Washington, DC - CDC released new data on self-reported adult obesity prevalence for all 50 states, the District of Columbia, Guam, and Puerto Rico. The 2017 Adult Obesity Prevalence Maps show that adult obesity across the country remains high and differs by race, ethnicity, and education. The data come from the Behavioral Risk Factor Surveillance System, an ongoing, state-based, telephone interview survey conducted by CDC and state health departments. Height and weight data are self-reported.
In 2017, seven states reported an adult obesity prevalence at or above 35 percent: Alabama, Arkansas, Iowa, Louisiana, Mississippi, Oklahoma, and West Virginia. This is up from five states in 2016. Five years ago, in 2012, all states had obesity prevalence lower than 35 percent.
Obesity prevalence ranged from a low of 22.6 percent in Colorado to a high of 38.1 percent in West Virginia.
Disparities persist across race, ethnicity, and education
- Non-Hispanic Blacks had the highest prevalence of obesity (39.0 percent), followed by Hispanics (32.4 percent) and non-Hispanic Whites (29.3 percent)
- Adults without a high school degree had the highest prevalence of obesity at 35.6 percent, followed by high school graduates (32.9 percent), and adults with some college (31.9 percent). College graduates had the lowest prevalence of obesity (22.7 percent).
- Combined data for 2015-2017 also showed racial disparities:
- 31 states and the District of Columbia had an obesity prevalence of 35 percent or higher among non-Hispanic Black adults.
- 8 states had an obesity prevalence of 35 percent or higher among Hispanic adults.
- 1 state had an obesity prevalence of 35 percent or higher among non-Hispanic White adults.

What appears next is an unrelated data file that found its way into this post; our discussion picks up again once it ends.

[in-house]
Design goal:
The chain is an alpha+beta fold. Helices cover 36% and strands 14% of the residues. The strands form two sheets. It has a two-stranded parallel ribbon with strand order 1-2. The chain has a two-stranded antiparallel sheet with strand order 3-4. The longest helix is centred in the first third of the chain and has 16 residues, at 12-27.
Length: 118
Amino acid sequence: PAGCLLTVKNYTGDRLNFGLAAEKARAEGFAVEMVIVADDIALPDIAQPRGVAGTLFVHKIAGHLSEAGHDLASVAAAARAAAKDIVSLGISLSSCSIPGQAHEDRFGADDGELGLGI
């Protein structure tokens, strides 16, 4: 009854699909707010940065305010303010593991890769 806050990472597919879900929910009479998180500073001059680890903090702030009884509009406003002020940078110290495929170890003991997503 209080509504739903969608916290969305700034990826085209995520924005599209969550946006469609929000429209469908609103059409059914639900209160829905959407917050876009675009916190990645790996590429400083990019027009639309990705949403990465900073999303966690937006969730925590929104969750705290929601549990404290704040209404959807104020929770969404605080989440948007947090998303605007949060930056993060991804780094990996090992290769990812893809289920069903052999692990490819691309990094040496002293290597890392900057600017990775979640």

Adults with obesity are at an increased risk for many serious health conditions such as heart disease, stroke, type 2 diabetes, some cancers, poorer mental health, and more. Children with obesity are more likely to become adults with obesity. Obesity costs the United States health care system over $147 billion a year. In addition, research has shown that obesity affects work productivity and military readiness.
What can be done to prevent obesity
Turning the tide on obesity will take a comprehensive effort by all parts of society. State and community leaders, employers, government agencies, healthcare providers, and individuals all have an important role in preventing and managing obesity. To protect the health of the next generation, support for healthy behaviors such as healthy eating, better sleep, stress management, and physical activity should start early and expand to reach Americans across the lifespan in the communities where they live, learn, work, and play.
The 2017 obesity maps are online at https://www.cdc.gov/obesity/data/prevalence-maps.html. Maps showing obesity overall, as well as by race and ethnicity, also are available for 2011 through 2016.